Hailing from South Orange, N.J., Big Ten commissioner Jim Delany knows what he's up against. The sporting spectrum in the area between New York and Washington, D.C., is crowded, competitive and cutthroat.
There's no welcome mat or receiving line, even for a native son who has led one of the more powerful brands in sports for more than a quarter-century. If you want to get in, you have to earn it.
"I go into it with a good deal of humility, knowing that there is competition for eyeballs and for affiliation," Delany recently told ESPN.com. "It's probably the most competitive corridor for a variety of reasons."
Delany will spend the better part of the next two months on the East Coast as the Big Ten prepares for the official arrivals of new members Maryland and Rutgers on July 1. Last Thursday, Delany flew from Las Vegas, where he spoke at the Football Bowl Association meetings, to New York, where Maryland held an event featuring university president Wallace Loh, athletic director Kevin Anderson, former Terrapins quarterback Boomer Esiason, former basketball coach Gary Williams and about 500 Maryland supporters.
He's now in Dallas for the College Football Playoff meetings and then will return to New Jersey. Delany will spend part of May and June on the Rutgers and Maryland campuses.
Delany's purpose is two-fold: facilitating the arrivals of Maryland and Rutgers, and establishing the Big Ten in a new region. The league last month announced that its New York City office will be operational by June 1. There also is a satellite office in Washington, which Big Ten officials and those from member schools can access.
"It's really necessary to be engaged and to be seen and to be welcoming, and to begin to build," Delany said. "People appreciate it. It takes some time and effort, but it's well worth it. We know that change is sometimes difficult, but we want to make it smooth."
Both Maryland and Rutgers have launched campaigns to generate attention about the Big Ten move -- check them out here and here -- and Delany will meet regularly with schools officials to manage the transitions. Maryland has events scheduled in Baltimore and at Nationals Park in Washington on June 30, the eve of its Big Ten arrival. Delany will attend a Rutgers event Friday in New York, and the school has other gatherings in New Jersey and Washington in May and June.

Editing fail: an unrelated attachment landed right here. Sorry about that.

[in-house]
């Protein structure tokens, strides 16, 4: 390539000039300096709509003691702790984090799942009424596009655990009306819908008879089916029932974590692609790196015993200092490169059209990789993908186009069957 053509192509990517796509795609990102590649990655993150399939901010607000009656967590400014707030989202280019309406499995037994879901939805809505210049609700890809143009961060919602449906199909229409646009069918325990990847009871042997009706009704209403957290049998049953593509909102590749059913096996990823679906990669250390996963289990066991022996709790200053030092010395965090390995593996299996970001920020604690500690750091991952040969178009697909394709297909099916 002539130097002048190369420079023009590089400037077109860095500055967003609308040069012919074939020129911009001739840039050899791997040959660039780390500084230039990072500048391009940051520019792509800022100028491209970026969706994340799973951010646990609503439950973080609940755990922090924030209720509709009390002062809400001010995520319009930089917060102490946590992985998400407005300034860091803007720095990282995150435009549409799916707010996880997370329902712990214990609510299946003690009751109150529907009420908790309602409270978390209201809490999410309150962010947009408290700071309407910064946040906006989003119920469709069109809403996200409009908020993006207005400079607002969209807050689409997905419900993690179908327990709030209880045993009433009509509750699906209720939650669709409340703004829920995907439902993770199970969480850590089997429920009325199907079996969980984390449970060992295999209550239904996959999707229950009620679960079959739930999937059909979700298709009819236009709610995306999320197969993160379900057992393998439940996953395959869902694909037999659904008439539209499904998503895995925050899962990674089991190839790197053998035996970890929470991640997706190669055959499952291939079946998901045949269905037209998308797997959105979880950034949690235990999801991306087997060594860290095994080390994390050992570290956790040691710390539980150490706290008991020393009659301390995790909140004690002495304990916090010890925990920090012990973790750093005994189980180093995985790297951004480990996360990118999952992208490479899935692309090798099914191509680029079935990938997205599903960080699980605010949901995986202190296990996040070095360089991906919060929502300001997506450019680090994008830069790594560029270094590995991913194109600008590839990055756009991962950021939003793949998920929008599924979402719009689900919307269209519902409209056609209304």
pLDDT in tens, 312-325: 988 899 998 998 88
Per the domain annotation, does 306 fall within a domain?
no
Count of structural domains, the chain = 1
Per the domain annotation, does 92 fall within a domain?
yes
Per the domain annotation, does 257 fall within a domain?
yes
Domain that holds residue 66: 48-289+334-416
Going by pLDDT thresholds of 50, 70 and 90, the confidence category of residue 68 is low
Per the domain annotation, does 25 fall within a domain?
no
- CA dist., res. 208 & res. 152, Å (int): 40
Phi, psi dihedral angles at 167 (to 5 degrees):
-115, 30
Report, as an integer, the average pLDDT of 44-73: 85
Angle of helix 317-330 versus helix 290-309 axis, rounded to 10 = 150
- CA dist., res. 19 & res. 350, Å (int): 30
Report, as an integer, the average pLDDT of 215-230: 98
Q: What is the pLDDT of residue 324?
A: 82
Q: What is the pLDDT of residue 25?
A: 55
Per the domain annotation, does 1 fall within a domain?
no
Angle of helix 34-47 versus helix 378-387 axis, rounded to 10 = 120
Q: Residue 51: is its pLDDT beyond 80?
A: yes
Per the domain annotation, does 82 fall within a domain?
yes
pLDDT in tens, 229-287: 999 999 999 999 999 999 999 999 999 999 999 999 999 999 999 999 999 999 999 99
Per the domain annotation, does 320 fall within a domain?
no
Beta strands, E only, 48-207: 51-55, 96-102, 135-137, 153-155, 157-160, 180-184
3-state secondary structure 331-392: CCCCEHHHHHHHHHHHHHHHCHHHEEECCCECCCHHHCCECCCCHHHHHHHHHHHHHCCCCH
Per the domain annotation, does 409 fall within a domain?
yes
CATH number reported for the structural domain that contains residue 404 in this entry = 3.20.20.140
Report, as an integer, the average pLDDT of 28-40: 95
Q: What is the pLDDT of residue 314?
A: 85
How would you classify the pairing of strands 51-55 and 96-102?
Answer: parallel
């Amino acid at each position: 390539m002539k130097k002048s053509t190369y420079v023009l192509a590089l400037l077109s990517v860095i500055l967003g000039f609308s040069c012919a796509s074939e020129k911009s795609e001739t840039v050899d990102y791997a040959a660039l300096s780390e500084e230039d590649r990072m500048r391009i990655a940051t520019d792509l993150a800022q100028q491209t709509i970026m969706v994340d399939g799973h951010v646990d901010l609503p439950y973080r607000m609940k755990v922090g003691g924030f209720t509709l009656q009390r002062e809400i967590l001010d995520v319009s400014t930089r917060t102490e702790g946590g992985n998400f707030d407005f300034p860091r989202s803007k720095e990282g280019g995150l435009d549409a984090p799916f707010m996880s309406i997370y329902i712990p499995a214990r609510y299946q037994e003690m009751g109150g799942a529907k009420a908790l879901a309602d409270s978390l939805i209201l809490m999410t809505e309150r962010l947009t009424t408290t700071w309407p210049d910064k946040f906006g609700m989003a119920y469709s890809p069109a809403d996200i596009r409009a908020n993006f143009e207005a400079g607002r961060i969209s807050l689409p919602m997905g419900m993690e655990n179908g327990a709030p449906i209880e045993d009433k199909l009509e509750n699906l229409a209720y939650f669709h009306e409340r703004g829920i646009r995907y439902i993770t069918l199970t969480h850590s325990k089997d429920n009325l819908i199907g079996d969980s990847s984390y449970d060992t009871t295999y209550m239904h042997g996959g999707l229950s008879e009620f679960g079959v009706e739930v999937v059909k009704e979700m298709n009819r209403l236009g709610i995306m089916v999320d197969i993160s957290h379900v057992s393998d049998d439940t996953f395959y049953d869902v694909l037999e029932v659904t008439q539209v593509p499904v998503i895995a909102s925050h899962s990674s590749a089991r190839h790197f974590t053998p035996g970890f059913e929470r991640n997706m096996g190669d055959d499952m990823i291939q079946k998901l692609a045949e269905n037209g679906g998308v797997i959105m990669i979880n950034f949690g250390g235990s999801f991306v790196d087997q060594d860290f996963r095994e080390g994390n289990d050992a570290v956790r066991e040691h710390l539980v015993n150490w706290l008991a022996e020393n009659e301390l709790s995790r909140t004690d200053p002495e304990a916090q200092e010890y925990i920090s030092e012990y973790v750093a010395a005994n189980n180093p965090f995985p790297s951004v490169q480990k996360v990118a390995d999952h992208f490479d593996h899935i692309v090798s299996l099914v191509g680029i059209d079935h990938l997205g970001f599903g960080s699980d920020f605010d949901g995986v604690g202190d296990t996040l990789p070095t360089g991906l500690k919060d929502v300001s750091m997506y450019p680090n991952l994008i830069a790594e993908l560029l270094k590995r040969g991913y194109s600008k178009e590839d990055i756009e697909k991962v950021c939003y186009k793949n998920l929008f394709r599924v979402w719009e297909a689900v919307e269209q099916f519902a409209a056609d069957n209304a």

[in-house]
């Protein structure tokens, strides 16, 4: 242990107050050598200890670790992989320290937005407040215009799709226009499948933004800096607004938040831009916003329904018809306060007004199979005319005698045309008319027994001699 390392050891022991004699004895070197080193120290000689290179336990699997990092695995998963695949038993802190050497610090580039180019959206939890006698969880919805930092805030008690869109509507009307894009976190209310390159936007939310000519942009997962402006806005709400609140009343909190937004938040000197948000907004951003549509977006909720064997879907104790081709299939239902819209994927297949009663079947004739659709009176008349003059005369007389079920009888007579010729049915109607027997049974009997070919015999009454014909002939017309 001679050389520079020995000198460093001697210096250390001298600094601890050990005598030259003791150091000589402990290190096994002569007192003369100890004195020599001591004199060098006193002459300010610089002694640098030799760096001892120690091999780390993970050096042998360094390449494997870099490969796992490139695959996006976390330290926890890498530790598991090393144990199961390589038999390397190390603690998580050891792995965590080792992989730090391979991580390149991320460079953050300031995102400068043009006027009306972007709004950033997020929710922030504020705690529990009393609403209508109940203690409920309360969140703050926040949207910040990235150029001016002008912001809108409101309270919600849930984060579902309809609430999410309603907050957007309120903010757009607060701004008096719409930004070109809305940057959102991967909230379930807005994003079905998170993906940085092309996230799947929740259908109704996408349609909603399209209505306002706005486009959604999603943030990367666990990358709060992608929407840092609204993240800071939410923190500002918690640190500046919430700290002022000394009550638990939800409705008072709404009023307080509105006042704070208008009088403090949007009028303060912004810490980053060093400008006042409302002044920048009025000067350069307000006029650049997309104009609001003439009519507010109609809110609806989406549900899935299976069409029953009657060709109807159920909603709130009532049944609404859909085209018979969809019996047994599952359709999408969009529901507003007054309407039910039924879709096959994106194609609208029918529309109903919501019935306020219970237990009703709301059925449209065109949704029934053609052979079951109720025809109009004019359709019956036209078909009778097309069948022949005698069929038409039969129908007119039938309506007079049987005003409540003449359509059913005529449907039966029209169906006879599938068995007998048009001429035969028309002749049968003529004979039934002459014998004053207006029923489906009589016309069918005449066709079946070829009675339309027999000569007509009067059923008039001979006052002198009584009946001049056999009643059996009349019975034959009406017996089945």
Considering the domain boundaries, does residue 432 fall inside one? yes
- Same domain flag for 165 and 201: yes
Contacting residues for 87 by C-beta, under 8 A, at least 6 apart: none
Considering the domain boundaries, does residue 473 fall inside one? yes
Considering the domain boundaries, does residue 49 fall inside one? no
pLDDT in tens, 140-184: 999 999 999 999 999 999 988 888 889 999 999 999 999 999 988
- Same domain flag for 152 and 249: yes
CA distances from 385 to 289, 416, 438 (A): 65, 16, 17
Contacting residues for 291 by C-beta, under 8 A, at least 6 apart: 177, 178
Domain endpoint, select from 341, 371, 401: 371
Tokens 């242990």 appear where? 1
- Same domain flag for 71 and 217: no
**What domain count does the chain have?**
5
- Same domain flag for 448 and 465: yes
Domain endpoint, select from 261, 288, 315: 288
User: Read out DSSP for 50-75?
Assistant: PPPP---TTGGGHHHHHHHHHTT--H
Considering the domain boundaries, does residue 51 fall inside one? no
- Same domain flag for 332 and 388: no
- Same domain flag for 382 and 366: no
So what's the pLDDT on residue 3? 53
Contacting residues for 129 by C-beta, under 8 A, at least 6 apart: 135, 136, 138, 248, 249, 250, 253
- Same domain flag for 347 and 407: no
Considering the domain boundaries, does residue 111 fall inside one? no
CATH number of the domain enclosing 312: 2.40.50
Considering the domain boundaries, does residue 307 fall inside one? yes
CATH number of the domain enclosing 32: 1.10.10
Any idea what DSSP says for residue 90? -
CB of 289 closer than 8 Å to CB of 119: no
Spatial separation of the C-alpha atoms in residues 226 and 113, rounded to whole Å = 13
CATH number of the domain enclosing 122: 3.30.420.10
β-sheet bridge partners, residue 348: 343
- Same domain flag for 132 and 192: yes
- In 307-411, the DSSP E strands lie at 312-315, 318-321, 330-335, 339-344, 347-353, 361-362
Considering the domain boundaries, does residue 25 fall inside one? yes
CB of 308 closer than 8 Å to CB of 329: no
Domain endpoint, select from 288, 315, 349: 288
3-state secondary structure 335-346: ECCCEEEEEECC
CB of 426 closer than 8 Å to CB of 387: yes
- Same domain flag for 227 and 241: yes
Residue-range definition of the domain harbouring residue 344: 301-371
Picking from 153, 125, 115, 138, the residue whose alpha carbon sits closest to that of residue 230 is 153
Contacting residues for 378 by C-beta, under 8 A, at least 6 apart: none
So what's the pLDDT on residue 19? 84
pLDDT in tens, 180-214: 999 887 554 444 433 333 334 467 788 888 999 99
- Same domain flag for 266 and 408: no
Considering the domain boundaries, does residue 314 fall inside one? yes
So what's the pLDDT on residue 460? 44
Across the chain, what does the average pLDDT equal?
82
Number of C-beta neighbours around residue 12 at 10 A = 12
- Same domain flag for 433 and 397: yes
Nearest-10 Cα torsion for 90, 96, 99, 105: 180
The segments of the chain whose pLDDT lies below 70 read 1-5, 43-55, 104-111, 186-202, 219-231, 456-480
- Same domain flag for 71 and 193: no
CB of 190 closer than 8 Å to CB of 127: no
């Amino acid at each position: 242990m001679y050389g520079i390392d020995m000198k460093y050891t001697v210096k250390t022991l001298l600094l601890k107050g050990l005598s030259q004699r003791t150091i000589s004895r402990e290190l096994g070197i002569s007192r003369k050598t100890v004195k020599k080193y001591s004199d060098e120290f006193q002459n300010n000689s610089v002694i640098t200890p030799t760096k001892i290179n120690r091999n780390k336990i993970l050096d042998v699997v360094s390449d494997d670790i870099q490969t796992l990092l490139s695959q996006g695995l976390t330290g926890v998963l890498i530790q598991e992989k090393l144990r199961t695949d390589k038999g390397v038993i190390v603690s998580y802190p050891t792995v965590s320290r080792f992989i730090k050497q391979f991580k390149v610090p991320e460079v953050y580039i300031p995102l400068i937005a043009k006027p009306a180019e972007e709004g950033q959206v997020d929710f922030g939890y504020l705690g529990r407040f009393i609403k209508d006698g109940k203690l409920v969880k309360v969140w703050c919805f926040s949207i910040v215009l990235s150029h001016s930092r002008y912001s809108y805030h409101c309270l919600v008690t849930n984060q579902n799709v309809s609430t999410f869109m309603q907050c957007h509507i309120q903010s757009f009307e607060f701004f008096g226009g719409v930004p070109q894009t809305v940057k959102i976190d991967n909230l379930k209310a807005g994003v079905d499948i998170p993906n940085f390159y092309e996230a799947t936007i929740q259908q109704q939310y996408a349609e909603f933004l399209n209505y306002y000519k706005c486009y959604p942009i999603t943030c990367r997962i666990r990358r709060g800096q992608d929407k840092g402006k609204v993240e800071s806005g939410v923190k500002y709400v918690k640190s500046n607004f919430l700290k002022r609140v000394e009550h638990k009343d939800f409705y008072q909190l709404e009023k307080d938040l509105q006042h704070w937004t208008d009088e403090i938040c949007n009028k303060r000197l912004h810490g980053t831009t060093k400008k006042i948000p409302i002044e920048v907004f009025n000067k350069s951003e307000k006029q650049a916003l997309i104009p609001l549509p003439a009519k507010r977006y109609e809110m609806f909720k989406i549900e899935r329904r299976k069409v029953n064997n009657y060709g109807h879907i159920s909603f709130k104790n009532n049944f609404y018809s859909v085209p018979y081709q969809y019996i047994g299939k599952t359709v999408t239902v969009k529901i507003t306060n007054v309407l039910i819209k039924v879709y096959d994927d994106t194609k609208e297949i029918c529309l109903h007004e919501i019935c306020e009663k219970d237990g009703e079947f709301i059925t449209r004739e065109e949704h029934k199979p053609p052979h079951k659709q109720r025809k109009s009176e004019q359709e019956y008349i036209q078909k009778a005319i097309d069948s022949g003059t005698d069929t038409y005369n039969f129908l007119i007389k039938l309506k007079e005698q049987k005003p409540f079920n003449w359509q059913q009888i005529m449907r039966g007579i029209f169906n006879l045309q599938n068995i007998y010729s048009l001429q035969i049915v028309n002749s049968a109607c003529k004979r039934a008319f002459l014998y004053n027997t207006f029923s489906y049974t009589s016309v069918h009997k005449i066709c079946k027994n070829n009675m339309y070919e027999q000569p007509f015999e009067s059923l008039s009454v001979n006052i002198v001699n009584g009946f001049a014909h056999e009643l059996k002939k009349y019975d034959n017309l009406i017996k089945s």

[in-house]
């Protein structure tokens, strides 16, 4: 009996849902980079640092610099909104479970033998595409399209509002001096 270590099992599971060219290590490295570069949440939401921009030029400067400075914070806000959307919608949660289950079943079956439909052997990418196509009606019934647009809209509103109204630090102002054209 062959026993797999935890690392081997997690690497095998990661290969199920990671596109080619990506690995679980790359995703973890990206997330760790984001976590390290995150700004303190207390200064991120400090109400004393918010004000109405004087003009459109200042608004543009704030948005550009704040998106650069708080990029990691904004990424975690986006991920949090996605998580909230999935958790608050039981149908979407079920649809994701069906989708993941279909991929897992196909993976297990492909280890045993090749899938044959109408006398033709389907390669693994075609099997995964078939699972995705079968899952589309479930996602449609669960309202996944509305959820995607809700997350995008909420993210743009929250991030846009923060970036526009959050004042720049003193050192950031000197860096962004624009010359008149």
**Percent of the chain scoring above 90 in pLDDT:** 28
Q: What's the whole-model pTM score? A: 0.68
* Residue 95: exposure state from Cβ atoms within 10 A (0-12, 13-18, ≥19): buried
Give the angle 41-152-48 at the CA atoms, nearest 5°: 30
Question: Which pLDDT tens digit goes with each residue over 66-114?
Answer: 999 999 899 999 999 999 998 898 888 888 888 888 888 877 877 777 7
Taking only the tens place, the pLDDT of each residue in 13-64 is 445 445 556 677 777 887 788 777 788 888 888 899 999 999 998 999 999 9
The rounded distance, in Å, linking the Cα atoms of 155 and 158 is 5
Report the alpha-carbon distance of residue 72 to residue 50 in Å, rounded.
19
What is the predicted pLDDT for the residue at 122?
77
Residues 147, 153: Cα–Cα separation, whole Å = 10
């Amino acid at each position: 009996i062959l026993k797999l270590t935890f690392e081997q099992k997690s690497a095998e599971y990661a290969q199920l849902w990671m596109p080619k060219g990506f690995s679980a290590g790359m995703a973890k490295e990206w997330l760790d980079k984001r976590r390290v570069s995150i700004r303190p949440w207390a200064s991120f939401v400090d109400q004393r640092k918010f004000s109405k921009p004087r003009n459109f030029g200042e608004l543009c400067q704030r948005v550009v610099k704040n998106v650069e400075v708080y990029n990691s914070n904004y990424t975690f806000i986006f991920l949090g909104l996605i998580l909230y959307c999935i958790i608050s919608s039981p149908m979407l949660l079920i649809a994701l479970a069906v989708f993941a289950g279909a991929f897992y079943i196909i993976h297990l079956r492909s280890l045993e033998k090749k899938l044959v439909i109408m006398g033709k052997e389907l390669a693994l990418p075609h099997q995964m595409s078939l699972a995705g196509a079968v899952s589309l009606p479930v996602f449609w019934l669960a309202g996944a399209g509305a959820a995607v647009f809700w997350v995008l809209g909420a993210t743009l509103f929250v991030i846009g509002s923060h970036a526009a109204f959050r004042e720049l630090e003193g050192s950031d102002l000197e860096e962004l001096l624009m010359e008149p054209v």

The reaction to Rutgers and Maryland in Big Ten territory and throughout most of the country has been lukewarm, to put it nicely, but Delany has seen "great energy" in his East Coast stops. The integration poses significant challenges in a region ruled by pro sports, but a market exists for the Big Ten to target.
Delany estimates 1 million Big Ten alumni -- half from Maryland and Rutgers, half from existing Big Ten schools -- live in the eastern corridor. The Big Ten already has a regional presence because of Penn State, but no direct ties in the major cities.
"I think you're going to see this thing come alive and pop when our teams are playing out there," Delany said. "The curiosity of Rutgers and Maryland fans, Penn State fans, you have a critical core of three institutions, but Ohio State's third-highest number of alums is in D.C. Indiana has a huge group of kids from New York and New Jersey.
"We're on a pretty good trajectory. There's a lot of support, and I'm going to be out here a lot over the next couple of months."
Delany's chief goal in adding Maryland and Rutgers to the league was to make the Big Ten a bi-regional conference. Some think it will never happen, but the push is under way.
"What we're trying to do is live in the new region of our conference," Delany said. "We're not visiting."